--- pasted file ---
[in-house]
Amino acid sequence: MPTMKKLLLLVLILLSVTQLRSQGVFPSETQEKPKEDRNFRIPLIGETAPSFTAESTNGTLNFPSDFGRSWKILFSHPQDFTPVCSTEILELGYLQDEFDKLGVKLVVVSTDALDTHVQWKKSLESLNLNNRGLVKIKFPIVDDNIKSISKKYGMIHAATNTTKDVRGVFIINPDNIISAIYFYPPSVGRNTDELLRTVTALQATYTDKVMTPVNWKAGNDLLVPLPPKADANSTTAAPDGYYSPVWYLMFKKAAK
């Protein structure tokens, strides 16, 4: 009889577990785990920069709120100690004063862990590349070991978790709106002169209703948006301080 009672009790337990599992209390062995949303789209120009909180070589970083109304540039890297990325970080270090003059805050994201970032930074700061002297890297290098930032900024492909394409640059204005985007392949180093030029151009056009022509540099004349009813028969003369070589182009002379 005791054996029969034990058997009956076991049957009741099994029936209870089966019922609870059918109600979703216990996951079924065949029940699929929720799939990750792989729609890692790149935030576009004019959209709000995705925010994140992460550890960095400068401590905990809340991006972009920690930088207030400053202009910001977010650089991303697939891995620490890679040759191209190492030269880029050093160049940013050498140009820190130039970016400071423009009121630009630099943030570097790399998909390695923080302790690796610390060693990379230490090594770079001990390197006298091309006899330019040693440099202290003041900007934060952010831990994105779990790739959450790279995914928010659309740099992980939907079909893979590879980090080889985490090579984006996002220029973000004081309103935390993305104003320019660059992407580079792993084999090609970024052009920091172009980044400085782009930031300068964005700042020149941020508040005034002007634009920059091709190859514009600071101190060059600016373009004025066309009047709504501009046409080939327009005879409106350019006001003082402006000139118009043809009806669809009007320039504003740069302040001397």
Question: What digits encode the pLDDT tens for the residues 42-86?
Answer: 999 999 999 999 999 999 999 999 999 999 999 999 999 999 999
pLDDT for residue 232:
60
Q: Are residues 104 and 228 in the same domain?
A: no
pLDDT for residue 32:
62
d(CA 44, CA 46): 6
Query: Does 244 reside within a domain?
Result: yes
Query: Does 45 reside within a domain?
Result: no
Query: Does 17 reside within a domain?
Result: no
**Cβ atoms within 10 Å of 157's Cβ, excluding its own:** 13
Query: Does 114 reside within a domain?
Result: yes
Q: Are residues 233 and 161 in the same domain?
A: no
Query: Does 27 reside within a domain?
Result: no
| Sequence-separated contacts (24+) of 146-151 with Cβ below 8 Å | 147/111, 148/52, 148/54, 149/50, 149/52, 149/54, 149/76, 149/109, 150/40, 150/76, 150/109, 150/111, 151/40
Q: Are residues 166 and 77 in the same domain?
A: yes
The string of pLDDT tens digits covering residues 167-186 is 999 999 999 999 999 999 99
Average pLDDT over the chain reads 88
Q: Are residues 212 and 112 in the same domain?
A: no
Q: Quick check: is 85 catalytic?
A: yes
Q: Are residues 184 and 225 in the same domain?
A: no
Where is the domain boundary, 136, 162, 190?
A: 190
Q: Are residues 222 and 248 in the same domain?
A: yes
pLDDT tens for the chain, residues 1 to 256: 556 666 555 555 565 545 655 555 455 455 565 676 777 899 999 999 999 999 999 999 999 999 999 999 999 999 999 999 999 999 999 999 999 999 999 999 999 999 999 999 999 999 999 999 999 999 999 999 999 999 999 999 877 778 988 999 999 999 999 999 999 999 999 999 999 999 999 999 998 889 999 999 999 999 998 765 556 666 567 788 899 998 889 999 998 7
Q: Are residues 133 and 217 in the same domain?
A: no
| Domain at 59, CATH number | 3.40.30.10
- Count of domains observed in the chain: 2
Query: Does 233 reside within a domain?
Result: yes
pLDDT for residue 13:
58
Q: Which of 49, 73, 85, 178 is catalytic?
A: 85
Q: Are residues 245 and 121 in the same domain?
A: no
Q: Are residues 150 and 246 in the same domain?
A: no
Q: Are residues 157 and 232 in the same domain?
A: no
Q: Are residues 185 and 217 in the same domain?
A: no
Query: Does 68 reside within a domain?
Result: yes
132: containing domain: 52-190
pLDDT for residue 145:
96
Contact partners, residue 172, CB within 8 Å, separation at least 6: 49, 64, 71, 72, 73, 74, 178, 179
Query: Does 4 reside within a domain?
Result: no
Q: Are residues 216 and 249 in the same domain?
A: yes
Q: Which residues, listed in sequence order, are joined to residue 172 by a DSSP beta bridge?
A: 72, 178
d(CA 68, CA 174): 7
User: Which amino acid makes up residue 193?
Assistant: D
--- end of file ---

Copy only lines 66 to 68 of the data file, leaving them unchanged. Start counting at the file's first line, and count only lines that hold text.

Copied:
Query: Does 4 reside within a domain?
Result: no
Q: Are residues 216 and 249 in the same domain?